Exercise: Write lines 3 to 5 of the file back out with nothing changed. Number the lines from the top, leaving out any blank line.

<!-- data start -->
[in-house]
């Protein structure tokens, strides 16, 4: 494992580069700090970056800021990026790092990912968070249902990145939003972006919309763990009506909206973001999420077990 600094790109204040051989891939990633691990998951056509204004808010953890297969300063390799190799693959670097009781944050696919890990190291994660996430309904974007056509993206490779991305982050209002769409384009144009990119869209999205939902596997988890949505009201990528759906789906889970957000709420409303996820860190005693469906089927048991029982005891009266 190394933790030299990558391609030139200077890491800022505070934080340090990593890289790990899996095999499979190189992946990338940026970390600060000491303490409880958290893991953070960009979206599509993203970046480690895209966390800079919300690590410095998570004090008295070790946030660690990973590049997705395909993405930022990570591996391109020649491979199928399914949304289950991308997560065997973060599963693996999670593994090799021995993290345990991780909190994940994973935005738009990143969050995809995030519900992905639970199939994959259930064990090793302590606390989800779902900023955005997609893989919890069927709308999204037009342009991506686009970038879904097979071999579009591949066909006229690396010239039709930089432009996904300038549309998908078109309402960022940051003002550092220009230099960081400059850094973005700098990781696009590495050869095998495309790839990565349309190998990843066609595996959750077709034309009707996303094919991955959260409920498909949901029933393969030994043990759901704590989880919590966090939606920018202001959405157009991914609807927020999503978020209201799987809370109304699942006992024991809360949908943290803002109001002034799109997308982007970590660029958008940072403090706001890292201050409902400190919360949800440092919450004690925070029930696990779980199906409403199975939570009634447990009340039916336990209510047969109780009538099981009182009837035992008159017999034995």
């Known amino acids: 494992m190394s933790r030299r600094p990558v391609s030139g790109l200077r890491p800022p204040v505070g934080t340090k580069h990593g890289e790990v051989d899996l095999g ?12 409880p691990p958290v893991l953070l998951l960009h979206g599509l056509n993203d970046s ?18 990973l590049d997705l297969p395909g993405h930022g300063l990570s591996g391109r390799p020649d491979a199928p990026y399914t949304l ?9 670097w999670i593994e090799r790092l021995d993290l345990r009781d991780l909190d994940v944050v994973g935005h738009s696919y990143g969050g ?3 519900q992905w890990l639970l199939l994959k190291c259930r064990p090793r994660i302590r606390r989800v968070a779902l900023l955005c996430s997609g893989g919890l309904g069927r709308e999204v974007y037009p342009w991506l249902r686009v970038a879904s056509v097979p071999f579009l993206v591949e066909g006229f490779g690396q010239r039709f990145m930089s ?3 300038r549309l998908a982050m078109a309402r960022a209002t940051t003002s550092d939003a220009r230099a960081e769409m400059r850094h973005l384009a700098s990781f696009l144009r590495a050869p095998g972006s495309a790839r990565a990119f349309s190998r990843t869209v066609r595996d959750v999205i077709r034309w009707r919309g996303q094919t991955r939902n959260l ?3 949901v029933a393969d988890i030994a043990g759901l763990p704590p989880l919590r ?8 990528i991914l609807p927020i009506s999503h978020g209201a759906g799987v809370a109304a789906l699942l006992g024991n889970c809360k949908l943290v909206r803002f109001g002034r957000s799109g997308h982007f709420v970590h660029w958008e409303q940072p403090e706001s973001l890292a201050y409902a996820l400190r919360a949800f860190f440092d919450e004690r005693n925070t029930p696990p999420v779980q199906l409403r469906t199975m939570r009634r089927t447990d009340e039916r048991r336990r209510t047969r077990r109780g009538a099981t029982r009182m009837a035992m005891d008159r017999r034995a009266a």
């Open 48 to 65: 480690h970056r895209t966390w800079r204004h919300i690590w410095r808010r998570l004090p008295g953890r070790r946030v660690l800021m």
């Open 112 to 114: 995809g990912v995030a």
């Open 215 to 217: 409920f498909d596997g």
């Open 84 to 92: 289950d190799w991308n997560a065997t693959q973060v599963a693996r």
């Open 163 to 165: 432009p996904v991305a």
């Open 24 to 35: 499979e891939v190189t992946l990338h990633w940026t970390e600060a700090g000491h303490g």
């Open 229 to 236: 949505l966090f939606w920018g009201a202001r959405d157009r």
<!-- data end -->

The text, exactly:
């Known amino acids: 494992m190394s933790r030299r600094p990558v391609s030139g790109l200077r890491p800022p204040v505070g934080t340090k580069h990593g890289e790990v051989d899996l095999g ?12 409880p691990p958290v893991l953070l998951l960009h979206g599509l056509n993203d970046s ?18 990973l590049d997705l297969p395909g993405h930022g300063l990570s591996g391109r390799p020649d491979a199928p990026y399914t949304l ?9 670097w999670i593994e090799r790092l021995d993290l345990r009781d991780l909190d994940v944050v994973g935005h738009s696919y990143g969050g ?3 519900q992905w890990l639970l199939l994959k190291c259930r064990p090793r994660i302590r606390r989800v968070a779902l900023l955005c996430s997609g893989g919890l309904g069927r709308e999204v974007y037009p342009w991506l249902r686009v970038a879904s056509v097979p071999f579009l993206v591949e066909g006229f490779g690396q010239r039709f990145m930089s ?3 300038r549309l998908a982050m078109a309402r960022a209002t940051t003002s550092d939003a220009r230099a960081e769409m400059r850094h973005l384009a700098s990781f696009l144009r590495a050869p095998g972006s495309a790839r990565a990119f349309s190998r990843t869209v066609r595996d959750v999205i077709r034309w009707r919309g996303q094919t991955r939902n959260l ?3 949901v029933a393969d988890i030994a043990g759901l763990p704590p989880l919590r ?8 990528i991914l609807p927020i009506s999503h978020g209201a759906g799987v809370a109304a789906l699942l006992g024991n889970c809360k949908l943290v909206r803002f109001g002034r957000s799109g997308h982007f709420v970590h660029w958008e409303q940072p403090e706001s973001l890292a201050y409902a996820l400190r919360a949800f860190f440092d919450e004690r005693n925070t029930p696990p999420v779980q199906l409403r469906t199975m939570r009634r089927t447990d009340e039916r048991r336990r209510t047969r077990r109780g009538a099981t029982r009182m009837a035992m005891d008159r017999r034995a009266a």
């Open 48 to 65: 480690h970056r895209t966390w800079r204004h919300i690590w410095r808010r998570l004090p008295g953890r070790r946030v660690l800021m």
């Open 112 to 114: 995809g990912v995030a």